Women’s hockey pioneer Kendall Coyne Schofield leads new … – Northeastern University

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Women’s hockey pioneer Kendall Coyne Schofield leads new inductees into the Northeastern Athletics Hall of Fame

“She’s the most dynamic player I’ve ever seen,” Northeastern coach Dave Flint says of Coyne Schofield, who heads a class of eight athletes and teams at the induction ceremony Thursday.

Kendall Coyne posing in her hockey gear

Kendall Coyne Schofield — a women’s hockey pioneer of speed, skill and ambition — will be inducted into the Northeastern Athletics Hall of Fame on Thursday as one of the greatest players in the history of her sport.

“She’s the most dynamic player I’ve ever seen in women’s hockey,” Northeastern coach Dave Flint says of Coyne Schofield, who has won an Olympic gold medal and a half-dozen world championships while pioneering opportunities for women athletes. As a Northeastern senior she earned the Patty Kazmaier Memorial Award as the top player in women’s college hockey.

Those triumphs adorn her career with a sense of destiny, as though they were all meant to be. But that’s not how it would have felt for Coyne Schofield when Flint recruited her to Northeastern in 2011. There were no guarantees of success in those promising yet uncertain years when she was pushing herself to elevate the women’s hockey program while pursuing two Northeastern degrees in addition to a co-op, two campus jobs and a relationship with her future husband, the NFL offensive lineman Michael Schofield

That’s what makes this ceremony all the more meaningful for her, as she looks back on all that her best efforts have wrought.

“I wouldn’t be who I am today without my experiences at Northeastern,” says Coyne Schofield, 31, who gave birth to her first child, Drew, in July. “I’m extremely honored.”

Coyne Schofield will be honored alongside seven other athletes and teams at the induction ceremony at 7:30 p.m. Thursday at Blackman Auditorium (tickets can be purchased here).

Her NHL breakthrough

Coyne Schofield grew up in suburban Chicago as a prodigy, committing herself to a career of promise and hard work. She played or practiced with boys into her late teens, at first because there were no other options and later while pursuing difficult environments that would squeeze the best from her. She was selected for U.S. national teams years ahead of the normal schedule, which forced her to learn many things the hard way while competing with stronger and more experienced teammates and opponents.

Speed has been her greatest advantage.

“Every time she has the puck on her stick, you get out of your seat, like, OK, what’s she going to do now?” Flint says. “Your eye goes to her on the ice and you’re just waiting for something great to happen.”

As a last-minute replacement in the 2019 NHL All-Star fastest skater competition, 5-foot-2-inch Coyne Schofield became the first woman to compete in the league’s skills challenge — and finished less than a half-second out of fourth place in the field of seven NHL stars. That breakthrough was highlighted by tennis Hall-of-Famer and social justice champion Billie Jean King in her foreword to Coyne Schofeld’s 2022 autobiography, “As Fast As Her.”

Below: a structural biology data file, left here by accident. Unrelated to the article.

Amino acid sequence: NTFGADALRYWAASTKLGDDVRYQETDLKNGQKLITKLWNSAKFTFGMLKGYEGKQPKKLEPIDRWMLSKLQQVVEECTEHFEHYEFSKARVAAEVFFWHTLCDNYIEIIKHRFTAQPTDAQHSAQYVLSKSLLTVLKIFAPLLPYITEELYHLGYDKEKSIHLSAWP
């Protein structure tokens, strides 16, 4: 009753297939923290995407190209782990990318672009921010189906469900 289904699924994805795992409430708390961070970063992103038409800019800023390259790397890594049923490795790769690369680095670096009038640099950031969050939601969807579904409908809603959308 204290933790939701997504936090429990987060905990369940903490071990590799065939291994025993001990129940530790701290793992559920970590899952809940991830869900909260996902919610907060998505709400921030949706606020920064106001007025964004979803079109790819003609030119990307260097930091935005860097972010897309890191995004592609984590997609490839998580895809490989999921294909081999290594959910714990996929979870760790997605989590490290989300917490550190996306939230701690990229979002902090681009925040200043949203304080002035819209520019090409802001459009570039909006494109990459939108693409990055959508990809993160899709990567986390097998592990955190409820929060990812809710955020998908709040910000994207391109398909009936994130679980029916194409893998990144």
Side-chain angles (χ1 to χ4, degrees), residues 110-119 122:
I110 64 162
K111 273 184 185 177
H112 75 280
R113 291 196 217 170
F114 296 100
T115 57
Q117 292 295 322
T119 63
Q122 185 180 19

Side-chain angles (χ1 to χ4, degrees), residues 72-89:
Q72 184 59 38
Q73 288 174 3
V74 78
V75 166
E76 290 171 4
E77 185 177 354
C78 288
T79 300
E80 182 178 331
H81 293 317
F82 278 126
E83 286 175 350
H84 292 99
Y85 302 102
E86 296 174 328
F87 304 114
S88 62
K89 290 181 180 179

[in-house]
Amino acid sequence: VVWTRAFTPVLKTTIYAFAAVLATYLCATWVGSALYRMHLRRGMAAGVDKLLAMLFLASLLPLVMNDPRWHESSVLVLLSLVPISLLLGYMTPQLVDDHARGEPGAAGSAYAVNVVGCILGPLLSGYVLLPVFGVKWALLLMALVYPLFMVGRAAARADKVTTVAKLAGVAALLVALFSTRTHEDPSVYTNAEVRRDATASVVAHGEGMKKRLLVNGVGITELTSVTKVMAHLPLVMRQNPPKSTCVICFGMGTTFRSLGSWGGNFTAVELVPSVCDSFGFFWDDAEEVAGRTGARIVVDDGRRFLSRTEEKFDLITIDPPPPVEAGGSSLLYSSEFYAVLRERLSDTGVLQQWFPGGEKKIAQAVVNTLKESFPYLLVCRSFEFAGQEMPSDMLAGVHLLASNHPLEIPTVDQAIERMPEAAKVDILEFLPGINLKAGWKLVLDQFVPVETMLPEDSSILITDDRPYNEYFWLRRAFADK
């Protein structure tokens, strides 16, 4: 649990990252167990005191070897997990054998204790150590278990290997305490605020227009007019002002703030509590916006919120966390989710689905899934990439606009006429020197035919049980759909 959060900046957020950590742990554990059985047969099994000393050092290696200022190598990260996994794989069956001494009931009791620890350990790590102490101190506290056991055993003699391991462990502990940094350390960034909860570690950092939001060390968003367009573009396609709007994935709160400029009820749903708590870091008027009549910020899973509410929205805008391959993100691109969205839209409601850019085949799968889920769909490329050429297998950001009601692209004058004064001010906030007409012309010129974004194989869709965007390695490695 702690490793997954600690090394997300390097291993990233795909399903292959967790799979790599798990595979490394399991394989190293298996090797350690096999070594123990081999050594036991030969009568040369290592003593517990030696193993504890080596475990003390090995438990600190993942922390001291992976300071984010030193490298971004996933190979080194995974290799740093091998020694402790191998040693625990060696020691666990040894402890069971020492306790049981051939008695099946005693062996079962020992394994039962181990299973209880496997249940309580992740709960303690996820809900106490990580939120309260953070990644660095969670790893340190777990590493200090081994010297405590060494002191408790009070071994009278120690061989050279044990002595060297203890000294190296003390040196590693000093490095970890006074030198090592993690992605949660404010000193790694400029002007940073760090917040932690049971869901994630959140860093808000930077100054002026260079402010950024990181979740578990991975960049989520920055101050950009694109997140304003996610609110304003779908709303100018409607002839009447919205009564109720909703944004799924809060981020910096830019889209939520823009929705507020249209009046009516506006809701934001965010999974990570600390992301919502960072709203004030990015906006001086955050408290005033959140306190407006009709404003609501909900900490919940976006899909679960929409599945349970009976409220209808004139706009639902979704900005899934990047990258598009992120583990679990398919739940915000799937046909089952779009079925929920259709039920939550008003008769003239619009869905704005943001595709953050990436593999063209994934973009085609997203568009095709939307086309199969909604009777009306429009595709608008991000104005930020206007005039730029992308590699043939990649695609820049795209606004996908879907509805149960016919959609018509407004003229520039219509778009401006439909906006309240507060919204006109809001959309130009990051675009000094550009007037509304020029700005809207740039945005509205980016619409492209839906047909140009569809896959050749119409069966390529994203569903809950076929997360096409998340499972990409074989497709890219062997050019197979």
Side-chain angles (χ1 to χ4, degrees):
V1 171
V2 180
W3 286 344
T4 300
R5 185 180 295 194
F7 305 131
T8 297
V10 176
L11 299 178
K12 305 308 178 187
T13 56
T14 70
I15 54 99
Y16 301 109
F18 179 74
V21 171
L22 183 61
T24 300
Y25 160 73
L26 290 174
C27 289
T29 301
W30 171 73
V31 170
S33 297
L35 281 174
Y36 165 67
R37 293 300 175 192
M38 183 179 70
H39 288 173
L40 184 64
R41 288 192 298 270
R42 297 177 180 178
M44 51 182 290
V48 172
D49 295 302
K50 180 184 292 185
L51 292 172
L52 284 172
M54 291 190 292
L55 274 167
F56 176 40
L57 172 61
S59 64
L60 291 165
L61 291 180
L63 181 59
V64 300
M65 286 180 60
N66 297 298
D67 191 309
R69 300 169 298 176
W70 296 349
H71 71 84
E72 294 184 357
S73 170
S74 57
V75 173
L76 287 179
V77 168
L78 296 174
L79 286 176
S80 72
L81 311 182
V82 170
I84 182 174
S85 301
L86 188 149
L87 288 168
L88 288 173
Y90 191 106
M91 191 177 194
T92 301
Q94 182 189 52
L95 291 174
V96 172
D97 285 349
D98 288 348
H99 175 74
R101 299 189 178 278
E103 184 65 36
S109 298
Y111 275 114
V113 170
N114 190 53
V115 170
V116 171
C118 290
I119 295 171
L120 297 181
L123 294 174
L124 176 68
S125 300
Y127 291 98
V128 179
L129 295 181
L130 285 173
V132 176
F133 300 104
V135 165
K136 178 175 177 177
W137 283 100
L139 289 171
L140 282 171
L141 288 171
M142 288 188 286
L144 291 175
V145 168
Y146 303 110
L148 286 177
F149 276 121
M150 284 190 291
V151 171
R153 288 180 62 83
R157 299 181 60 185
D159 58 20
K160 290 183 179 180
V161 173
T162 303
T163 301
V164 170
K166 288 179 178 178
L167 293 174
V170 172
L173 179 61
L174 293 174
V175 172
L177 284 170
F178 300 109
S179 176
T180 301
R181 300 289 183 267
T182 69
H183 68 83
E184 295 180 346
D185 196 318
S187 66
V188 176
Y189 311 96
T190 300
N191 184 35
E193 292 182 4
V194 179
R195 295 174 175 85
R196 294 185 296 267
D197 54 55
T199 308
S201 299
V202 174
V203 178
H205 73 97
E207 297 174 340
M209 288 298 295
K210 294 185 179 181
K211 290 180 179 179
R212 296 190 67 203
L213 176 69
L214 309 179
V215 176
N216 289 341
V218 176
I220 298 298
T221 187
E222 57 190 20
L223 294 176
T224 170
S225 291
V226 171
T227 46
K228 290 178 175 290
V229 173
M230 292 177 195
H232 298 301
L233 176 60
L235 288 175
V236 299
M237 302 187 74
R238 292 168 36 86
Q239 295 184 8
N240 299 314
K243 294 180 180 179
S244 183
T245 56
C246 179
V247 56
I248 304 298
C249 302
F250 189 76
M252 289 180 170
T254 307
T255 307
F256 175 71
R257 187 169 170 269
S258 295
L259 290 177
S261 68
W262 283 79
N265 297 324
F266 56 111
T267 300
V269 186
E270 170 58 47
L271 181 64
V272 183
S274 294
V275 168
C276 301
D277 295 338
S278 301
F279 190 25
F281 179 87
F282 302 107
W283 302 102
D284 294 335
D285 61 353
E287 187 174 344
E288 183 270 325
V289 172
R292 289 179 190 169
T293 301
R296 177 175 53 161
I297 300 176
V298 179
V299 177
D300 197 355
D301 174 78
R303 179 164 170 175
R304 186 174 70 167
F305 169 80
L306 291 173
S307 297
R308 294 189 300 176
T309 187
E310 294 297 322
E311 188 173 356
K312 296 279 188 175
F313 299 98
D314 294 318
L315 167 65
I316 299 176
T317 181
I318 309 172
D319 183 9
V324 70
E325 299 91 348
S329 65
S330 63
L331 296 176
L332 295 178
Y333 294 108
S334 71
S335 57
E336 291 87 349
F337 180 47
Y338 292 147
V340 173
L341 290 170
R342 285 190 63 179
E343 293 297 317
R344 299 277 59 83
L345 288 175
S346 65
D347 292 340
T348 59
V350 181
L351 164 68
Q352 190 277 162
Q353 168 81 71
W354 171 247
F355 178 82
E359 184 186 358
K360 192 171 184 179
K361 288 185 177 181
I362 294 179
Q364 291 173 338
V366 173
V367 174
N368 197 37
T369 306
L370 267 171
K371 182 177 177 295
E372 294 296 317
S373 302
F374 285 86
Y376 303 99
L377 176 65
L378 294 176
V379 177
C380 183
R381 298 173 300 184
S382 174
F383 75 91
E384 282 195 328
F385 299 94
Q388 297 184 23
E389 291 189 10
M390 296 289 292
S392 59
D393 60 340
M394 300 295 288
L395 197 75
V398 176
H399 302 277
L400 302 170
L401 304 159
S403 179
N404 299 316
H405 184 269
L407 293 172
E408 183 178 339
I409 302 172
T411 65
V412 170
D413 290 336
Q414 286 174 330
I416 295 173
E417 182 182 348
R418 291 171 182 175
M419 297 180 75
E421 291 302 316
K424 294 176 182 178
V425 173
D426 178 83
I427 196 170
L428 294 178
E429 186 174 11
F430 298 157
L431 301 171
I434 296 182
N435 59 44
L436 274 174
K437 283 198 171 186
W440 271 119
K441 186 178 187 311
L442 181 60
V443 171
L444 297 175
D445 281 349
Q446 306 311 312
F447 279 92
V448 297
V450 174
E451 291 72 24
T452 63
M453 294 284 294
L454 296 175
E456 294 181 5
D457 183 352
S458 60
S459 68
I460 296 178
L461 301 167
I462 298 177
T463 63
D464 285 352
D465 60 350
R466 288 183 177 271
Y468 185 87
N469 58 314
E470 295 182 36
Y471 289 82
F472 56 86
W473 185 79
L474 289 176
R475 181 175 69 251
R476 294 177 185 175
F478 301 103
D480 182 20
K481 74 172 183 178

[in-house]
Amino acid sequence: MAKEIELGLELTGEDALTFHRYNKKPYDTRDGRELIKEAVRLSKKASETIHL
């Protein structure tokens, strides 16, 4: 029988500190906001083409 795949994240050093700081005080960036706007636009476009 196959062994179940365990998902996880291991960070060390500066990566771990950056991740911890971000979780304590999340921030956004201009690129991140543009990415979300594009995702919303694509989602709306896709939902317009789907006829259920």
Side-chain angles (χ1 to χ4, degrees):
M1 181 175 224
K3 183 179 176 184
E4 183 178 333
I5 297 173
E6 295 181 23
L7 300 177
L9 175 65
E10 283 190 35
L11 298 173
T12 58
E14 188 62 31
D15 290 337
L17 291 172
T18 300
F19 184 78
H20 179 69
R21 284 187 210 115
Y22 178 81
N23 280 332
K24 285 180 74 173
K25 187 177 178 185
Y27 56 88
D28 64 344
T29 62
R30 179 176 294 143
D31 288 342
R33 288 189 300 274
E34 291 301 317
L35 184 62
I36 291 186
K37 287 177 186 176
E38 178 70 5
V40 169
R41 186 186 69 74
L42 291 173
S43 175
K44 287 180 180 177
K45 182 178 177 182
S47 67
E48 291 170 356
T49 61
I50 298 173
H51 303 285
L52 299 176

“You think about that pressure that was put on her on a national stage,” Flint says of Coyne’s inspiring NHL performance. “Millions of people watching, including some who probably felt women shouldn’t be playing professional sports. They were probably hoping that she fell down. 

“And then she goes out there and she just nailed it. The look on all the NHL guys’ faces on the bench was priceless. And then the next guy that went after her fell down because he was so nervous. He was like, how am I going to top that?”

‘She thankfully decided to stay’

As the leader of a nine-player freshman class that would transform women’s hockey at Northeastern, Coyne Schofield’s arrival was not universally celebrated. In the first weeks of practice her wrist was broken by a slashing teammate. “It wasn’t tied to a fierce battle in the corner,” Coyne Schofield writes in her autobiography. “To me, it was because a teammate was envious of my abilities and playing time.”

“That goes back to our culture,” says Flint, the national coach of the year two of the past three seasons. “The upperclassmen thought that there should be this hierarchy where they rule the roost. There were players that were threatened by her because she was instantly the best player on the team.

“Those days are long gone. Now we’ve created a culture where everybody is welcome on day one — everybody’s family and everybody’s equal. And that has made a big difference for us.”

The transformation wasn’t easy. Though the Huskies would win both Beanpots (ending a 14-year drought) as well as their first Hockey East regular-season championship while going 45-18-6 over her first two seasons, Coyne Schofield nonetheless called Flint before her sophomore year and said team culture needed to change. 

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